Five years later, John Fredrick Bateman - a civil engineer of considerable contemporary repute - concluded his study to find the best potential source for Glasgow, recommending the high quality water of Loch Katrine. The House of Commons passed the necessary bill in April 1855. The resulting supply system took three and half years to complete and involved the construction of a dam on the loch, 26 miles of aqueduct, a similar length of trunk mains, 46 miles of distribution pipes and the Mugdock storage reservoir at Milngavie. Queen Victoria herself officially opened the scheme - seen as the engineering marvel of its day - on 14 October 1859.'


Lock Stock & Barrel - Font 7c - Trossachs - Dave MacLeod


Some boulder problems, like Victorian engineering, require bloody hard work, pain, long mileage and success against the odds. Ingenuity and opportunity are the key words...this is how I feel about 7 metres of rock that has taken me over 800 miles of driving just to complete. Lord knows why we do it, but I had 'seen' this line as a remote possibility while attempting to repeat Dave MacLeod's 'Lock, Stock and Barrel', a desperate one-move Font 7c. Dave popeyed his cheeks, gave it some spinach and it was despatched...I did the Popeye impression but not much else... however, the right hand prow of this boulder, if I could shift a little boulder scree, I thought might provide an escape from the cave other than the MacLeod power-out.


Loch Katrine was a devious piece of Victorian engineering... invisible sandstone conduits lead from Lochs Arklet to Katrine and then down underground in infinitesimal gradients all the way to Glasgow via Mugdock, where it finally ends up in your kettle or your bath. The stuff that comes out my tap still has the clarity of Trossachs water - a lucid thing brought to us by clever Victorians and the ghosts of hired-hand navigators. It was also the start of the whole tourism thing in the Trossachs... blame Walter Scott for the tinny incomprensible wah-wah sounds from the Waverley as it steams past the Trossachs boulders. It is a painfully beautiful spot in the quiet light of a misty morning.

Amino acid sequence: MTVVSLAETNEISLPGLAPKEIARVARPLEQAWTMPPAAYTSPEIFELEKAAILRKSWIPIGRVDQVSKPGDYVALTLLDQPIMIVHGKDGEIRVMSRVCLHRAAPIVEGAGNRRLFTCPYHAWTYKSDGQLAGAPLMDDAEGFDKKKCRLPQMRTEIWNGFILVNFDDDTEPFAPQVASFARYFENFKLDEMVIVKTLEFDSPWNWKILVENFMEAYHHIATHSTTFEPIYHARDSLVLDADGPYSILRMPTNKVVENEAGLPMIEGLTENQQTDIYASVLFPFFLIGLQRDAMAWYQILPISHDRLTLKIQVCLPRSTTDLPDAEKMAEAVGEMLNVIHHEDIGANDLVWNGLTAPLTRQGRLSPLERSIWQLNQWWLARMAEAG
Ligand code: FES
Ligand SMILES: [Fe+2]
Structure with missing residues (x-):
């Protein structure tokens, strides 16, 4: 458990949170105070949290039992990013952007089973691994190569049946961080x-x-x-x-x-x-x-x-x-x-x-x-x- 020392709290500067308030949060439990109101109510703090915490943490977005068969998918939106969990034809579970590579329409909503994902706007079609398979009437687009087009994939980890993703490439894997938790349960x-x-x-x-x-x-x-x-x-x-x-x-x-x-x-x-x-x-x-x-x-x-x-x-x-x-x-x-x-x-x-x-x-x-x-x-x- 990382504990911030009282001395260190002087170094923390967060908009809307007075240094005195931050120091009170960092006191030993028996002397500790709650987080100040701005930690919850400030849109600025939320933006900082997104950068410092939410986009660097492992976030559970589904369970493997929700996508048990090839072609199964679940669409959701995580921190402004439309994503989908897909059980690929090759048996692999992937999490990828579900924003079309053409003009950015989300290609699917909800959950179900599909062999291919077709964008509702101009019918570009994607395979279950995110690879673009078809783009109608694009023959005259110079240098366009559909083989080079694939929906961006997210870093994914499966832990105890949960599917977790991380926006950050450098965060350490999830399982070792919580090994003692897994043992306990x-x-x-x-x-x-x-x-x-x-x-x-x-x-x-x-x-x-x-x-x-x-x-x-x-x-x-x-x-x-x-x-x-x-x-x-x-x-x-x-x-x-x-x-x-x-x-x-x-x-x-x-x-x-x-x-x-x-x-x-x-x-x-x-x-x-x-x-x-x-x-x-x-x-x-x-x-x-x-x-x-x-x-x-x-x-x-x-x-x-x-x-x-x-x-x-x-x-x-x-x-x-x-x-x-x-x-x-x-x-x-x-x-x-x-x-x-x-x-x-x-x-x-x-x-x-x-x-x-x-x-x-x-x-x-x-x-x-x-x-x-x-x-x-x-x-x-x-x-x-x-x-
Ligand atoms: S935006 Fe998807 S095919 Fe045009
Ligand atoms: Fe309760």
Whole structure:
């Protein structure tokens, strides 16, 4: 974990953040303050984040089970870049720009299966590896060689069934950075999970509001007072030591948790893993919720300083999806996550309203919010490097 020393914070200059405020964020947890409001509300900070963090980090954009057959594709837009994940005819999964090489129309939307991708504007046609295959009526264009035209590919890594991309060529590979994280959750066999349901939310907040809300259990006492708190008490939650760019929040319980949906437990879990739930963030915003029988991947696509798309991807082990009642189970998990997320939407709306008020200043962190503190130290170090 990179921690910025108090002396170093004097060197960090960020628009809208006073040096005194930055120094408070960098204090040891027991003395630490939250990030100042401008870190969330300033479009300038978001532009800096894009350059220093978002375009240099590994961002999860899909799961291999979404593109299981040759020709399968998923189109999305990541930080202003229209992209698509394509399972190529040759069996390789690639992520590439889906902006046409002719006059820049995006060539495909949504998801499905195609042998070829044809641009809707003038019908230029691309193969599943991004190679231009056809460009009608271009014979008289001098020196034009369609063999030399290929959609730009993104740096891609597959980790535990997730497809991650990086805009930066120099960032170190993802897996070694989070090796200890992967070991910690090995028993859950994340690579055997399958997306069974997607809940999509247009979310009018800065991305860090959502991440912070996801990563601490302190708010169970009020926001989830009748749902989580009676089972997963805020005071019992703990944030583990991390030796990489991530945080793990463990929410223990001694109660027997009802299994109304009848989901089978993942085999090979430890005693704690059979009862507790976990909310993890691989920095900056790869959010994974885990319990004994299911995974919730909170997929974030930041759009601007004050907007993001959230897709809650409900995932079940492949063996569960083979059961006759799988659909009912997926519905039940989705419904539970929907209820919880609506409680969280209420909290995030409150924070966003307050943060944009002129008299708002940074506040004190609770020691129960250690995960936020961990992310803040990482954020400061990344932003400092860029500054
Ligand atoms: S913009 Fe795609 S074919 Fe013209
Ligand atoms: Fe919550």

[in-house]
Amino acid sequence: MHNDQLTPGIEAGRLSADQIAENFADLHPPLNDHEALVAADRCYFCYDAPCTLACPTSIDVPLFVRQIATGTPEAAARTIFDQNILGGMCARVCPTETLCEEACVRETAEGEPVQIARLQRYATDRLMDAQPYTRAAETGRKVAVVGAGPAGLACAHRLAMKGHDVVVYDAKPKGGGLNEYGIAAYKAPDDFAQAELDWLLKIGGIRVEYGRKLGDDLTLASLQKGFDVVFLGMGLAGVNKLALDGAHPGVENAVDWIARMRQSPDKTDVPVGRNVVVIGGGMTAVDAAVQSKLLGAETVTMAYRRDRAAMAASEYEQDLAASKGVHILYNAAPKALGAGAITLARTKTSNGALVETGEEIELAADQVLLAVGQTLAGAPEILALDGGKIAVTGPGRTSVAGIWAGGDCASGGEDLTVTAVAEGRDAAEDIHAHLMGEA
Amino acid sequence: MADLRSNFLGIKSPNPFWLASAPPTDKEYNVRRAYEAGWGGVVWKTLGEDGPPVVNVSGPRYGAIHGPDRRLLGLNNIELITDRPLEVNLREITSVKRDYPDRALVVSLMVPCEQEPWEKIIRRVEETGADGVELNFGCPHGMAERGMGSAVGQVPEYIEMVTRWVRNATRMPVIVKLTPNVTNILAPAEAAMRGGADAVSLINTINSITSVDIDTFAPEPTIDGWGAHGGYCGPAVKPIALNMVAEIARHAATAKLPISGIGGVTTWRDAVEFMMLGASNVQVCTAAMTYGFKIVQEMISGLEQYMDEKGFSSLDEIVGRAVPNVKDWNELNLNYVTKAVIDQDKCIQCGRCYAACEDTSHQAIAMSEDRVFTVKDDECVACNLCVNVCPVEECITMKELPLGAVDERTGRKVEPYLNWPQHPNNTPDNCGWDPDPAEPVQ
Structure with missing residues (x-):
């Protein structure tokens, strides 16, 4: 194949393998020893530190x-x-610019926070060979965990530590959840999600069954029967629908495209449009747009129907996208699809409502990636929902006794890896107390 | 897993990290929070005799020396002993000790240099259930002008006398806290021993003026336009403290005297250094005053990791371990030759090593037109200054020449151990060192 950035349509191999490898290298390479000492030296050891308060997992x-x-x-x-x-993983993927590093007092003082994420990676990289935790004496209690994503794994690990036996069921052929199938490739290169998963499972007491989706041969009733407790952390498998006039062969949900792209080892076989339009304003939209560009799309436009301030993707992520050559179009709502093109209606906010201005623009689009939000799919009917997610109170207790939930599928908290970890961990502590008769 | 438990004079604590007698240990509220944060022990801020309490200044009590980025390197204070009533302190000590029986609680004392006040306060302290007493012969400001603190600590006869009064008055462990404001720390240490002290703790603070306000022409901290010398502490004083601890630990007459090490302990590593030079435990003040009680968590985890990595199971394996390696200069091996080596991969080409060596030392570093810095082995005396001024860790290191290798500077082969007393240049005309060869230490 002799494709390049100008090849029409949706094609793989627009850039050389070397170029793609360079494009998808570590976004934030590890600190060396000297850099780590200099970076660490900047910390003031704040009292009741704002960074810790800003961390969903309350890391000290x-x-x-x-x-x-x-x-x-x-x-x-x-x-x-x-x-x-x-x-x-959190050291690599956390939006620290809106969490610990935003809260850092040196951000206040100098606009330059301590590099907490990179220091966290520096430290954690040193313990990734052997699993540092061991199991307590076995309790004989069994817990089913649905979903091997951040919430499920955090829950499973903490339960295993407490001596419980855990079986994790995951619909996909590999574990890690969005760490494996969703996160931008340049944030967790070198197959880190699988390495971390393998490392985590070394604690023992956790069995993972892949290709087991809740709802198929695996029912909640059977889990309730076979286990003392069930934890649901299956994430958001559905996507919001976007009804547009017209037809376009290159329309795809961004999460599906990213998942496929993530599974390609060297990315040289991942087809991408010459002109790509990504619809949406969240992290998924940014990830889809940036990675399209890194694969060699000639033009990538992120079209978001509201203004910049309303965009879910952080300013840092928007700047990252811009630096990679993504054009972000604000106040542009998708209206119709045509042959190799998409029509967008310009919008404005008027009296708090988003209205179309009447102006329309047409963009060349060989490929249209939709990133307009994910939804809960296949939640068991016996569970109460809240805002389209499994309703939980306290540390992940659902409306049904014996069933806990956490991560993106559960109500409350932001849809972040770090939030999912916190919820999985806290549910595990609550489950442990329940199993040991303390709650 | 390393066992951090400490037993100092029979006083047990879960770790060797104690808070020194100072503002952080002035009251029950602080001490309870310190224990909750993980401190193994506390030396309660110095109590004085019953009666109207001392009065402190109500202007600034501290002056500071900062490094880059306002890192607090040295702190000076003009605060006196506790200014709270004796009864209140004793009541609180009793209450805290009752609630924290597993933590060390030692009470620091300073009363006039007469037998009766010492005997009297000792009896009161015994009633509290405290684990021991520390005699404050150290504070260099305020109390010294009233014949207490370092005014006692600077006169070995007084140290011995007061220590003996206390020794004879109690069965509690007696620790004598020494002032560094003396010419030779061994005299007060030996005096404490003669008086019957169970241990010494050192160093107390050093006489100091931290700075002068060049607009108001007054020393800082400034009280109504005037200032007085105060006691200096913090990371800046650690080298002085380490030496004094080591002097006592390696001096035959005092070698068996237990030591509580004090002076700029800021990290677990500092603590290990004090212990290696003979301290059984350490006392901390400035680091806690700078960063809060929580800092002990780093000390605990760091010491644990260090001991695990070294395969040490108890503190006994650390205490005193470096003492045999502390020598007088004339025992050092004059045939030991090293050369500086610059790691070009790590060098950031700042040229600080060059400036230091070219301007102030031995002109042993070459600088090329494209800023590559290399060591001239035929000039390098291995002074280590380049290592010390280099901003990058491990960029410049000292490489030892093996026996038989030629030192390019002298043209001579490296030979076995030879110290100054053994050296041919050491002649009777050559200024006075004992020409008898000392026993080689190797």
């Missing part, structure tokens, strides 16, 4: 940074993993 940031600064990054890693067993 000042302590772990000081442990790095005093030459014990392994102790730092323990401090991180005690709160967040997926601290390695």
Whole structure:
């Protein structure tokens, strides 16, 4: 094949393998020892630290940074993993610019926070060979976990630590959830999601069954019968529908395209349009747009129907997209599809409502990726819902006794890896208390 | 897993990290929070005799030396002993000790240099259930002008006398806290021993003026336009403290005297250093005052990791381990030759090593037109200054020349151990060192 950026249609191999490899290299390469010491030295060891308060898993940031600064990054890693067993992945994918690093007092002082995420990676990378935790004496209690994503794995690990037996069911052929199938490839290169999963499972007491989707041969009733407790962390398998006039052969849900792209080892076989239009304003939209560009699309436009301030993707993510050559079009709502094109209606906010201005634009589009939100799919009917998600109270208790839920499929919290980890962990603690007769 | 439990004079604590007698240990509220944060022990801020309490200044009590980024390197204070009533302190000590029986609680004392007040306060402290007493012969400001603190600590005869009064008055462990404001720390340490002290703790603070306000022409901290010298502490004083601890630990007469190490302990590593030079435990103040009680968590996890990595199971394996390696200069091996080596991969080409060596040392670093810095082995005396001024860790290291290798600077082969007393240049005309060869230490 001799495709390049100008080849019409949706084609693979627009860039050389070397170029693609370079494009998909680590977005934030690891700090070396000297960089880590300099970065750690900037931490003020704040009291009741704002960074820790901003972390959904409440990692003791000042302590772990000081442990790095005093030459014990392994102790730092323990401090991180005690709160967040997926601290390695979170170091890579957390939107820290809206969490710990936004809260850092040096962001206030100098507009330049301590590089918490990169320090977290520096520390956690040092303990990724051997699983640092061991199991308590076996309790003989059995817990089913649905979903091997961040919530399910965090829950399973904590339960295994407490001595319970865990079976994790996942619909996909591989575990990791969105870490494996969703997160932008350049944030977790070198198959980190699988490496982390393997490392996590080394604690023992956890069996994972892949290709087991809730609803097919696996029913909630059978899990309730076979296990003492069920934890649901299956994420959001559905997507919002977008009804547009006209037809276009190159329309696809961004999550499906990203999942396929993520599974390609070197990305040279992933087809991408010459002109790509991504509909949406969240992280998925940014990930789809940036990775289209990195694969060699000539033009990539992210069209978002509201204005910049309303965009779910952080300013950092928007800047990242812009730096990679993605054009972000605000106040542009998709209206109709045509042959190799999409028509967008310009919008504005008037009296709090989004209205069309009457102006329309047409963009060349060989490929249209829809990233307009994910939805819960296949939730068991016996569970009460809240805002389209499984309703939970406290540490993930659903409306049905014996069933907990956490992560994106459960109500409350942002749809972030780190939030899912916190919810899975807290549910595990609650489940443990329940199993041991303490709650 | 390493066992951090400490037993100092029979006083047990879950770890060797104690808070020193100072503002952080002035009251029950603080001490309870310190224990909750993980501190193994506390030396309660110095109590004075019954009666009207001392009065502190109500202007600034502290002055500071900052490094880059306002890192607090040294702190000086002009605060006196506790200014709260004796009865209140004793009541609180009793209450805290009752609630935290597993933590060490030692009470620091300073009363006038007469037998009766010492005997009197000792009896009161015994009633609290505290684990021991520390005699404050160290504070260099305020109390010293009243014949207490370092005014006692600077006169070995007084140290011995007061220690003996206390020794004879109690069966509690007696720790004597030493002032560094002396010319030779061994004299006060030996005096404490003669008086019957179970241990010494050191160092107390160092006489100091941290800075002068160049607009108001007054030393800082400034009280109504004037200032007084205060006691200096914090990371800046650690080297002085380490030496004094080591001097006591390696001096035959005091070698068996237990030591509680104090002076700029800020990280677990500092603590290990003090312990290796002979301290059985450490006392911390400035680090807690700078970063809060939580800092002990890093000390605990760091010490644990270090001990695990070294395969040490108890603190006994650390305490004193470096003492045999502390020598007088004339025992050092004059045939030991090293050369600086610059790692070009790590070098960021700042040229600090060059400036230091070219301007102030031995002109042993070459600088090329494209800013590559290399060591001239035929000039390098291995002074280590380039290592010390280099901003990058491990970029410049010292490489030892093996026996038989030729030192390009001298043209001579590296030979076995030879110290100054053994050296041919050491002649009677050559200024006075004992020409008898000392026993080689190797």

On this final bright morning, with the mist lifting, I was not expecting success. I had arrived again with my sack of bouldering industria (chalk, wire brushes, mats, poles, cameras, surgical tape), intent on working the problem again. The only thing I didn't need to bring was water, which generously bubbles past the Sebastopol boulder (named after a Navigator camp, itself named after the Crimean war city). Here I lay under the cave contemplating the odds of success on the poor holds I had been given to reach the hanging prow. This must have been at least my tenth session on this problem. It went okay from a start from an embedded boulder, but the real problem was coming out of the cave and getting to this precarious powerplay over the embedded boulder (without wilting and lying back on it in failure). Tension through a heel-hook had to be maintained to get into a position where the painful quartz nubbins on the prow might be gained. I got this several times, strong on it now, but for the life of me couldn't get my heel-lock unlocked to replace as a toe-push and move on... finally an ingenious sequence of unlikely toe-holds allowed me to power out up to the arete, where I wobbled round on to the slab and finished exhausted on the little summit. There was only one name in my head for all the suffering this problem took me... 'The Victorian'.


I sat there, invigorated and lucid, the sky had clouded over, Loch Katrine had stilled itself, nothing moved but the little burn bubbling away. Everywhere the trees and hills replicated themselves in the loch. Only in bouldering does time vanish so easily... I would not have been surprised to have seen a posse of Victorian engineers with their theodolites and stove-pipe hats.






John Watson 'working' The Victorian, Font 7b+,Trossachs boulders